Hee-Haw! Want to Adopt a Wild Burro from the Desert?
This is news to us: "there are twenty-two wild horse and burro herd management areas located throughout Southern California," according to the Los Angeles Animal Services Department, which sells licenses to those planning on having one at home (but you've gotta live in an equine district, we believe). Every year, the U.S. Bureau of Land Management (BLM) rounds up the animals from public lands in California, Nevada and Arizona, bringing them to a corral near Ridgecrest, grooming them for adoption.
The BLM last week announced that 20-40 burros will soon be gathered up from a narrow strip of public lands between the Army's Fort Irwin and Death Valley National Park. They also plan to remove 160 of them in another nearby area later this fall. All that means it's time for the adoption push.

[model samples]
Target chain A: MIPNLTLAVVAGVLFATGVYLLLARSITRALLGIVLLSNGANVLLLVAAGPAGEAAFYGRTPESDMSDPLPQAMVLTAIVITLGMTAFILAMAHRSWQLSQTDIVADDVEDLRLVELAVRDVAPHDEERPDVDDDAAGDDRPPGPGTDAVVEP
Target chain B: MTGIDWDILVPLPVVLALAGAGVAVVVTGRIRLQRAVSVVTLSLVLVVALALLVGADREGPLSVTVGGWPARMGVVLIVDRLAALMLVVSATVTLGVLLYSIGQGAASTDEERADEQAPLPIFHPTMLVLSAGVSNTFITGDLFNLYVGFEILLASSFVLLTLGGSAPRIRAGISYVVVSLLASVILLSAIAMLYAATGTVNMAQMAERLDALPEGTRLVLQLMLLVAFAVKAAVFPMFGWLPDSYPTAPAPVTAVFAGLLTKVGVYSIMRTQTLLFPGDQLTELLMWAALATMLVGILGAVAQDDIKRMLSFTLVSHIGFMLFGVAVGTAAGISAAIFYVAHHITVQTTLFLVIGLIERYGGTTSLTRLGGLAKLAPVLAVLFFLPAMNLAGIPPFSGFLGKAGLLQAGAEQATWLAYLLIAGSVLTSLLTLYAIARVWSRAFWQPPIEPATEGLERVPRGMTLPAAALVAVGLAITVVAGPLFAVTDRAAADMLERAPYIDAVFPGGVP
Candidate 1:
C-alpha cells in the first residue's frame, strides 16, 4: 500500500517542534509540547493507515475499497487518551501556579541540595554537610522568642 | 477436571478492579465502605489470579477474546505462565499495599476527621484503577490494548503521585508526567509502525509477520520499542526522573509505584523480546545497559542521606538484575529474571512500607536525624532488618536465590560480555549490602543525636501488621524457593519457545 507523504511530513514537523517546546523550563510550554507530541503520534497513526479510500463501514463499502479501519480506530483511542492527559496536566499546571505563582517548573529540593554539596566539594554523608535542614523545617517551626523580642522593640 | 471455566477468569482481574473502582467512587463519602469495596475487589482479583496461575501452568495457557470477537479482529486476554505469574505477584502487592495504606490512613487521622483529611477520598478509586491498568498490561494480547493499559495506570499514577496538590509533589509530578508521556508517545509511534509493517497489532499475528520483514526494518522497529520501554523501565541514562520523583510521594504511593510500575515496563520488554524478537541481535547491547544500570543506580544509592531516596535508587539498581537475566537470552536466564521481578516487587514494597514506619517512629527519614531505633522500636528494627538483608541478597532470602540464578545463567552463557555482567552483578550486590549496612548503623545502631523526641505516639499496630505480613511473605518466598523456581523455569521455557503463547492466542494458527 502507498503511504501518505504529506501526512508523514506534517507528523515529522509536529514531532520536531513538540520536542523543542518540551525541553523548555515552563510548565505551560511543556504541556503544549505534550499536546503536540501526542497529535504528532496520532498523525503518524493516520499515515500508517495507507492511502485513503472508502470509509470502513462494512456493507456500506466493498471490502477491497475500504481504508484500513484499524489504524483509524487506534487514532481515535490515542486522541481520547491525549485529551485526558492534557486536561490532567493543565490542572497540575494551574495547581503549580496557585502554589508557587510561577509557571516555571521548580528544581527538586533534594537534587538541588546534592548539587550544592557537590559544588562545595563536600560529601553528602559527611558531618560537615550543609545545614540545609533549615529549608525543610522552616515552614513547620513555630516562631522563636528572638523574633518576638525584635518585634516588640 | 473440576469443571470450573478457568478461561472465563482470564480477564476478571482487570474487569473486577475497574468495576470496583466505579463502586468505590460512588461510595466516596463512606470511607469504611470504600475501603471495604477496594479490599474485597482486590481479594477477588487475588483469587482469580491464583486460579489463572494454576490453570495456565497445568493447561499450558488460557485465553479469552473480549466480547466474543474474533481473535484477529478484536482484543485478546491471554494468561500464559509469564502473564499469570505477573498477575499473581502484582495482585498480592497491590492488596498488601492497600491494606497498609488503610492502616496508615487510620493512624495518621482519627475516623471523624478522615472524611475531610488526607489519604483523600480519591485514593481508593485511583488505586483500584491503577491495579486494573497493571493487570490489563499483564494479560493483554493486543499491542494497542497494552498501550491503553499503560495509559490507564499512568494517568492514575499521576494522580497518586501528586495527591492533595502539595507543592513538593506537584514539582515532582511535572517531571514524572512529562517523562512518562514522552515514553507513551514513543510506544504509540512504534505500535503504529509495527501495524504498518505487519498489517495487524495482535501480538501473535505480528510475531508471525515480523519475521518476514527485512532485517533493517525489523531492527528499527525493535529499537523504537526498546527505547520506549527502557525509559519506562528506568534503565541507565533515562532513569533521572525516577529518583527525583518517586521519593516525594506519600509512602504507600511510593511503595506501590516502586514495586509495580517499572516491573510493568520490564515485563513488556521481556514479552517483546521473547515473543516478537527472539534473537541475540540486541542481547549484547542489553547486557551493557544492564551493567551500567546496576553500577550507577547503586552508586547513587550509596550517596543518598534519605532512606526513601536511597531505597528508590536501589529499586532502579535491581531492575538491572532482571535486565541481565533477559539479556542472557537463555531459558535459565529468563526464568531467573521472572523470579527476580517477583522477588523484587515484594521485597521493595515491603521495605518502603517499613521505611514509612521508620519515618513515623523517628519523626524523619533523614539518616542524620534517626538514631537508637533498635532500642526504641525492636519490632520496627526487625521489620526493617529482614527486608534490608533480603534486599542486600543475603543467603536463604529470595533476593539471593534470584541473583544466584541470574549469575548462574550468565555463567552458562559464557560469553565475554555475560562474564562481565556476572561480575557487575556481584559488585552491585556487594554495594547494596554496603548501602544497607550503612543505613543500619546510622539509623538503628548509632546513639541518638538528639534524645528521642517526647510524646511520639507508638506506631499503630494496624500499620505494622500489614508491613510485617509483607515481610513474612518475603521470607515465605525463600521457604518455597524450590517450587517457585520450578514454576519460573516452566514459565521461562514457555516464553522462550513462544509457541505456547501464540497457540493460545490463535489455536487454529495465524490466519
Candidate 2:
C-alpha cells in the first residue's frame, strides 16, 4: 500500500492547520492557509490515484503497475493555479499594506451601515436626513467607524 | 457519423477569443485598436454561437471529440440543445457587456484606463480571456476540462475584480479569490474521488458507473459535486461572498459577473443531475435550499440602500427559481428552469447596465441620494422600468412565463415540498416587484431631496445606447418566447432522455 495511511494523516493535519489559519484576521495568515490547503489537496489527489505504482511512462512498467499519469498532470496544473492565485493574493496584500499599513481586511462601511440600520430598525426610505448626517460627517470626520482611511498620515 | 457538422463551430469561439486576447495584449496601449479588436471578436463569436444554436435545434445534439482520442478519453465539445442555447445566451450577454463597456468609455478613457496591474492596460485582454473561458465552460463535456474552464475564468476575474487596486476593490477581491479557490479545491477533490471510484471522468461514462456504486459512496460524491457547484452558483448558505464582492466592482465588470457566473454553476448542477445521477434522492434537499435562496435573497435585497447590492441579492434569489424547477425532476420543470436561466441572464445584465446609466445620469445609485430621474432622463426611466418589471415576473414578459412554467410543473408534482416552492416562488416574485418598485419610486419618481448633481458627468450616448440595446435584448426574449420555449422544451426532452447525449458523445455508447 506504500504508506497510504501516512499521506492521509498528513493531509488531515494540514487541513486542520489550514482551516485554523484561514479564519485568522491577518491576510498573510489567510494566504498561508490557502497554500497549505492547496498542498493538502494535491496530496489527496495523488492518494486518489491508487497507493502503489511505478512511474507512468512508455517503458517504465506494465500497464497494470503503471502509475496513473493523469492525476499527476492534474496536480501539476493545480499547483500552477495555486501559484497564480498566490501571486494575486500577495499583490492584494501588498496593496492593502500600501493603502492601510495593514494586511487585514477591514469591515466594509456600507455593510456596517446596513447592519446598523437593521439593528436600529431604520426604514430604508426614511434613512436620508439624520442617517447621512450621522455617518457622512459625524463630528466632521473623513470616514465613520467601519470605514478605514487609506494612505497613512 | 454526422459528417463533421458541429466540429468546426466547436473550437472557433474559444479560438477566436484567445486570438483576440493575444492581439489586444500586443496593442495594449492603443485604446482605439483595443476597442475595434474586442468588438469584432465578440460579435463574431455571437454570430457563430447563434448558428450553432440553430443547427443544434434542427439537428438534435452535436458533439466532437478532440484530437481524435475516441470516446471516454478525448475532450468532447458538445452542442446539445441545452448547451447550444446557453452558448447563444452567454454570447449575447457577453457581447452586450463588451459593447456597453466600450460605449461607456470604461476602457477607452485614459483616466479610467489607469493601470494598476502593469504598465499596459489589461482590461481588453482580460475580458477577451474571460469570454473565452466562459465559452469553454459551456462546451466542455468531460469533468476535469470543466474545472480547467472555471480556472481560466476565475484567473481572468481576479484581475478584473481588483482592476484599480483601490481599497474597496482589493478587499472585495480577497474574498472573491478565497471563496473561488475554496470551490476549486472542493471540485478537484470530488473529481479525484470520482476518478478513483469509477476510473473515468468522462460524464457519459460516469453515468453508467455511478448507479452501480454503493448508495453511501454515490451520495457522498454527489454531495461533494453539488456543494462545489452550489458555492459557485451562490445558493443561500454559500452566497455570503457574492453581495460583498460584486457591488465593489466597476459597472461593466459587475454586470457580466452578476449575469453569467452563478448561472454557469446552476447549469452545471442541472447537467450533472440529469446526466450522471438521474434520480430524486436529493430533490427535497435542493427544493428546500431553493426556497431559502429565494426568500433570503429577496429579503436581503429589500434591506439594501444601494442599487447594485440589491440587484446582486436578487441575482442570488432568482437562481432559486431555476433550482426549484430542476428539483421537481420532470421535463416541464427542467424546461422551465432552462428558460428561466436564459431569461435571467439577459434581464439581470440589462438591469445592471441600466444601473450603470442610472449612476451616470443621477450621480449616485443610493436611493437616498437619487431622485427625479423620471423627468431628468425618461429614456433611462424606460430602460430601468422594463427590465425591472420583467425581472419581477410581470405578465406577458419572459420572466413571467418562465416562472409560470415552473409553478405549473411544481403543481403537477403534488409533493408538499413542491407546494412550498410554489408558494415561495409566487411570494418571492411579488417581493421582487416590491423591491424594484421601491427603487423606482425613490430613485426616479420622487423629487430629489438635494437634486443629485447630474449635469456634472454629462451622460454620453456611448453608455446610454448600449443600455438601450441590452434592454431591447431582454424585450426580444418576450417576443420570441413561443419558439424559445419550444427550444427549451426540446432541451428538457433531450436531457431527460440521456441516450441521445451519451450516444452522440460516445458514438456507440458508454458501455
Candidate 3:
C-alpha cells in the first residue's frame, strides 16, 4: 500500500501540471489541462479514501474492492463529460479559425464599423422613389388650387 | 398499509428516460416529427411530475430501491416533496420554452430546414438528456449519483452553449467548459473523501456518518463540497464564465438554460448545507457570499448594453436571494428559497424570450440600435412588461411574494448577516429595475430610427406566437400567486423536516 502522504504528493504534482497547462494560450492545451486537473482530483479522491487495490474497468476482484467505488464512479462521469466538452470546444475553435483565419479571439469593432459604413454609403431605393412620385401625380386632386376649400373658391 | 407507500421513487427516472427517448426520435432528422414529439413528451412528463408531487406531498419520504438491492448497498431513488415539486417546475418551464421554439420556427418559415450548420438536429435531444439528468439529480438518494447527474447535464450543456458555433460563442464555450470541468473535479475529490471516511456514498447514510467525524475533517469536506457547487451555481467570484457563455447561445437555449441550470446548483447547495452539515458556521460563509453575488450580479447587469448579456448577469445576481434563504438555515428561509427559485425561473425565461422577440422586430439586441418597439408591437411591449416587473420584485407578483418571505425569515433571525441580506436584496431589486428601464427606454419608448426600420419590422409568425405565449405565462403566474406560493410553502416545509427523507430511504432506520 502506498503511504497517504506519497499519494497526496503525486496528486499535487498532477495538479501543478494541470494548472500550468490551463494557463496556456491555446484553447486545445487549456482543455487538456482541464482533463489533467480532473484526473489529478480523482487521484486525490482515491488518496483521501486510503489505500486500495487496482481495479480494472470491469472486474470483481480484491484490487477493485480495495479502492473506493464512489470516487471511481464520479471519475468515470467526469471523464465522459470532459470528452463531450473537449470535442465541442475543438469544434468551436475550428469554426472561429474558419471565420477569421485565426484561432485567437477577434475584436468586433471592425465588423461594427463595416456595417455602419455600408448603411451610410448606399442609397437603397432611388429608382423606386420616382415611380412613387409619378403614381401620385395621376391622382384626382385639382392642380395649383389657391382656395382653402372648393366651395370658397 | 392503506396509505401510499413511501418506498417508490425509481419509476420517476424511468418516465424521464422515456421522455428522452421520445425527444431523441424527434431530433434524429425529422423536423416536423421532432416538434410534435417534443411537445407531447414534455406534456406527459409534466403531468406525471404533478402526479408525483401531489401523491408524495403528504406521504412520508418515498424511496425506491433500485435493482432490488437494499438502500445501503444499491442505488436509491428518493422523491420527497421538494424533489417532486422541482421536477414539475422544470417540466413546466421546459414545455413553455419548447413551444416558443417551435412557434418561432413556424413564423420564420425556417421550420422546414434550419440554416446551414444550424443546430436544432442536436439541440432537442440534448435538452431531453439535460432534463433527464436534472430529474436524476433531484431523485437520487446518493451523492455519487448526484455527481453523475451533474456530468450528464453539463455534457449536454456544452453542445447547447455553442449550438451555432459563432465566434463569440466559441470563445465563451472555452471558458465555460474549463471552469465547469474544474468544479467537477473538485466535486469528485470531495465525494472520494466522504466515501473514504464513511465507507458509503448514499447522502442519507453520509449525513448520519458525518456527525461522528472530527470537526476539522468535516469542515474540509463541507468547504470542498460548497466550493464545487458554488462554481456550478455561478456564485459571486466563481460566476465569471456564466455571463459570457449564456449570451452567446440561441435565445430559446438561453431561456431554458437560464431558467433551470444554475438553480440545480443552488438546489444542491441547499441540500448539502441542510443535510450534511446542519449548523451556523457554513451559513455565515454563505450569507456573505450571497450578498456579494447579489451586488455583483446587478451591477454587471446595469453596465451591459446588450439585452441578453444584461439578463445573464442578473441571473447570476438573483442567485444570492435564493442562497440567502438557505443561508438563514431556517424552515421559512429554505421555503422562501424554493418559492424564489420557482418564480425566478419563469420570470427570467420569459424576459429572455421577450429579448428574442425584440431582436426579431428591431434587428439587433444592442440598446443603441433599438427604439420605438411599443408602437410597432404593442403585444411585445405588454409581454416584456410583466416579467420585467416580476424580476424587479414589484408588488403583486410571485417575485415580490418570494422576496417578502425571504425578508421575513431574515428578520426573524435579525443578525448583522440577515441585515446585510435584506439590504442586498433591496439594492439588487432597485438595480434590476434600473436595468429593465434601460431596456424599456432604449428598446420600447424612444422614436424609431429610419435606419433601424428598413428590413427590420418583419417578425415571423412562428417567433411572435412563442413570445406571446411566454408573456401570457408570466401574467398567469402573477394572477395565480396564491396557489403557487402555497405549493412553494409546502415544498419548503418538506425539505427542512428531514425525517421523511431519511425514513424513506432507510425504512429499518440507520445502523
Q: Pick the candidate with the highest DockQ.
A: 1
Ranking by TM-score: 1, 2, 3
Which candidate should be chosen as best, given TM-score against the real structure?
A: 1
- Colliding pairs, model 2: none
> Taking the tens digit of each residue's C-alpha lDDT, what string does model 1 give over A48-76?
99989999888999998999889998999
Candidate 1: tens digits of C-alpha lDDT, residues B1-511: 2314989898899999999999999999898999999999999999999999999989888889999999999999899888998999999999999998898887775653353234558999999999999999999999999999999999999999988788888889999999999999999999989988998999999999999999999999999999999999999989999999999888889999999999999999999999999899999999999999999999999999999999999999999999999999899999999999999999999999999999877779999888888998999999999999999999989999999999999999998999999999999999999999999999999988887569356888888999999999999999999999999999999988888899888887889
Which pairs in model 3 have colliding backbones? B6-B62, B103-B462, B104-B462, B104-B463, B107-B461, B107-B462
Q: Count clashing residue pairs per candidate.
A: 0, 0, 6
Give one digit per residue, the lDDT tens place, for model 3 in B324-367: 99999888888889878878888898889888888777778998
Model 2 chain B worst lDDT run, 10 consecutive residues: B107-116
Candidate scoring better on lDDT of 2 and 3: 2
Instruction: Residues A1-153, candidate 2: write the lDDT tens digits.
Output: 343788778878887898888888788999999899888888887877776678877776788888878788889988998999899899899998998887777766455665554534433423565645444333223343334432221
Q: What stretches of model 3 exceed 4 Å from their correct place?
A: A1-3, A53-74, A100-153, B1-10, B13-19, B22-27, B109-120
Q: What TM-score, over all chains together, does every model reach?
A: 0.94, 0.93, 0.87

But buyer beware--your beloved burro can live up to 40 years, sometimes outlasting their owners, the LA Times found back in 2001.
"Burros generally adjust well to domestication and are adopted for use as pack animals, riding, pulling carts or wagons, guard animals for livestock, and as pets," according to the BLM in a press release. Information on adoption can be obtained by calling (760) 384-5765.